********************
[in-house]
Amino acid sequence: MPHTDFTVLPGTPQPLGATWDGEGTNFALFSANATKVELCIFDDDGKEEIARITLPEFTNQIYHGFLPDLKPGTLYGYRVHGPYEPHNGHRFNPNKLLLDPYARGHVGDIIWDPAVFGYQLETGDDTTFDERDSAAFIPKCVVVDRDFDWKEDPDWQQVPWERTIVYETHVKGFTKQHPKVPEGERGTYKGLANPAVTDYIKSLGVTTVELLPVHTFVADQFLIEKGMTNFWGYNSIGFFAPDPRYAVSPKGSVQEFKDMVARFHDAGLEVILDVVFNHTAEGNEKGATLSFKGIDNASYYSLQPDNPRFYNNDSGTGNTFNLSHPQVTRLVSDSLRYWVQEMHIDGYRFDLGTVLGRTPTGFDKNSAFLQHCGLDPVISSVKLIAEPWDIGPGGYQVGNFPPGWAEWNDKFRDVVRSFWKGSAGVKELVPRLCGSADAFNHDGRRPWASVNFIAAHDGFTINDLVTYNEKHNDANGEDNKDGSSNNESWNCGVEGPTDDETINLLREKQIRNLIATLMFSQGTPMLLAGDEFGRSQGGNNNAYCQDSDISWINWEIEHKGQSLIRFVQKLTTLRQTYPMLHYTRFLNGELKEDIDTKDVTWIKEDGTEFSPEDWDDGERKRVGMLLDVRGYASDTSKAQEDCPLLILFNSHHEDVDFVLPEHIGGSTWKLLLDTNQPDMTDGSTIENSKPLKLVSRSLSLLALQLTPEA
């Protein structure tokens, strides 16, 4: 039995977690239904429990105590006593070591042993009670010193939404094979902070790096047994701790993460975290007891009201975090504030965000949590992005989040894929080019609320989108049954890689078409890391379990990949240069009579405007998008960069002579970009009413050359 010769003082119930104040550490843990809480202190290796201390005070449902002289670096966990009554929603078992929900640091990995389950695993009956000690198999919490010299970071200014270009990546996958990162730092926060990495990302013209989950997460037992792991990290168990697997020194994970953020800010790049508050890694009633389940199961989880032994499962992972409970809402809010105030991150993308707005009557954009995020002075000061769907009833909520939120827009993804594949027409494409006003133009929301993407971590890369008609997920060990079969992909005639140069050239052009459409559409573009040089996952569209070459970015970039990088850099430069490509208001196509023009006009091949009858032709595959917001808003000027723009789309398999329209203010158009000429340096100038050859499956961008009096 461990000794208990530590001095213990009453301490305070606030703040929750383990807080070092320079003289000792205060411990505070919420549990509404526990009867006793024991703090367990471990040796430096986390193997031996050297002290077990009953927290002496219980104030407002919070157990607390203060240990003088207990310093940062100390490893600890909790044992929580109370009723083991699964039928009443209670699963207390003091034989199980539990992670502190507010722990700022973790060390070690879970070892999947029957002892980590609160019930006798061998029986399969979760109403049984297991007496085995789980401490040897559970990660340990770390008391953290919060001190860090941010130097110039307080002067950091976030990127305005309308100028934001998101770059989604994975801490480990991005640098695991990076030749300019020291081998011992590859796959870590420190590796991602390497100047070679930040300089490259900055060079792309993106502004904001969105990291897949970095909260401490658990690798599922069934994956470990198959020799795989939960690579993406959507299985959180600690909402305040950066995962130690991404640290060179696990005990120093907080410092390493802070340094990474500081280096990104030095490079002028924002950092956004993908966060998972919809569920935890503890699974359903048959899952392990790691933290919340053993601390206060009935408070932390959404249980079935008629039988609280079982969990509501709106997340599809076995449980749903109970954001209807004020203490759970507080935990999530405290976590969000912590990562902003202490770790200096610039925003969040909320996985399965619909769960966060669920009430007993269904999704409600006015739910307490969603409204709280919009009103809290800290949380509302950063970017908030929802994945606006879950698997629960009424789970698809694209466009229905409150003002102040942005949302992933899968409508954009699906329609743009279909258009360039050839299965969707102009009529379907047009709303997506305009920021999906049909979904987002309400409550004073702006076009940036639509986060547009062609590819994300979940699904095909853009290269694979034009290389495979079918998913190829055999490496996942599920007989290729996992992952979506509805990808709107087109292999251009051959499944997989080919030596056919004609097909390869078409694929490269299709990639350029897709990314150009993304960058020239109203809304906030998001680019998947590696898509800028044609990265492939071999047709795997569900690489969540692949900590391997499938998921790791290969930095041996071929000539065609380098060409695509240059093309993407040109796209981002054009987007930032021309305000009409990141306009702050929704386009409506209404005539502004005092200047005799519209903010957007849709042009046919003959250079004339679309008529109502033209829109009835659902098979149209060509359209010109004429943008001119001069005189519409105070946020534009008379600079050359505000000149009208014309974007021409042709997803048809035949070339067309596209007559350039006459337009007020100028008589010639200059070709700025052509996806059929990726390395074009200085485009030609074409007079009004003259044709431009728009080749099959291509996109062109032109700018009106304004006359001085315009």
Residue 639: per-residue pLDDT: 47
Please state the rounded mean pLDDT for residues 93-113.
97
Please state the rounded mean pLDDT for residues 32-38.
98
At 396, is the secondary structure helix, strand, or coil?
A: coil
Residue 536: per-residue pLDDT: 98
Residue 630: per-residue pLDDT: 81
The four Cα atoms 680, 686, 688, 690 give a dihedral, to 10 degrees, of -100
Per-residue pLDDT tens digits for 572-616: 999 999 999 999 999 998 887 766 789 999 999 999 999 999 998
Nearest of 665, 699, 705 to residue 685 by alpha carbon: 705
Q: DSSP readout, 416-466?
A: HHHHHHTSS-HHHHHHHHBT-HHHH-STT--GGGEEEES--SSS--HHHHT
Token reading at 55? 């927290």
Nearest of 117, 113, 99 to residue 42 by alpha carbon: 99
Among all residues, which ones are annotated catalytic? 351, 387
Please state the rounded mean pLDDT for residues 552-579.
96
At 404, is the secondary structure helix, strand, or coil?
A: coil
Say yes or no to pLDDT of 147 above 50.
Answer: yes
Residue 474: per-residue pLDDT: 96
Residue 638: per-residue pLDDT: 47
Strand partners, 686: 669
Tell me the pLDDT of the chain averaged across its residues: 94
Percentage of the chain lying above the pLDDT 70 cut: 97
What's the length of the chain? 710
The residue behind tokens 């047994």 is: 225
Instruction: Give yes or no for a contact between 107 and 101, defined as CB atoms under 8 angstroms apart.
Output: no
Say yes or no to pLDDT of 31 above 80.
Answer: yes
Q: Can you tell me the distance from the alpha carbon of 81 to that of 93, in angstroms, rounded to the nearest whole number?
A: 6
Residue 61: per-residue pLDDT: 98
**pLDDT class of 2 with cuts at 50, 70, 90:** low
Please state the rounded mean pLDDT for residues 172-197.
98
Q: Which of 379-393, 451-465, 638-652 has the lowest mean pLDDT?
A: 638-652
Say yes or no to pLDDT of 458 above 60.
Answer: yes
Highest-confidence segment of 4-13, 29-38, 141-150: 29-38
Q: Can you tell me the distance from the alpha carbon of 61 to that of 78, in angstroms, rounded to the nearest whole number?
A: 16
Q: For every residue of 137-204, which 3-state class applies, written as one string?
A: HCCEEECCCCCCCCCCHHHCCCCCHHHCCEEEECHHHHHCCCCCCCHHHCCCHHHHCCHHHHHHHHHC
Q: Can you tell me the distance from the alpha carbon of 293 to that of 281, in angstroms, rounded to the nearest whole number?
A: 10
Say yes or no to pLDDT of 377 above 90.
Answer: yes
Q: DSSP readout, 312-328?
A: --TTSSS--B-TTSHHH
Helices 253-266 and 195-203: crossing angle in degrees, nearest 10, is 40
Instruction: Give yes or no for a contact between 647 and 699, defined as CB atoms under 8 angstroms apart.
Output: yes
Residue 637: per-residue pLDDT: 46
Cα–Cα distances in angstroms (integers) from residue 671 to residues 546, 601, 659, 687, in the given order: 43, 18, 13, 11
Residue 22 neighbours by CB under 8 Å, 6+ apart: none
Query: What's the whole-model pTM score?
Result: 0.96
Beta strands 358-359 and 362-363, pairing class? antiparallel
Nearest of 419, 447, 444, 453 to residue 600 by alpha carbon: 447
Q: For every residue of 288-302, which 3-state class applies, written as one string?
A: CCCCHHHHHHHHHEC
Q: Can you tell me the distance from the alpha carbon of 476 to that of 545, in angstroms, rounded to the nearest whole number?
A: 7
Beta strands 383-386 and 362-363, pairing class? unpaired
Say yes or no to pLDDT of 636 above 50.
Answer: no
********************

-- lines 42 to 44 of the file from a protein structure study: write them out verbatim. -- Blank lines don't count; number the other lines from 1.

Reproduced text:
Please state the rounded mean pLDDT for residues 172-197.
98
Q: Which of 379-393, 451-465, 638-652 has the lowest mean pLDDT?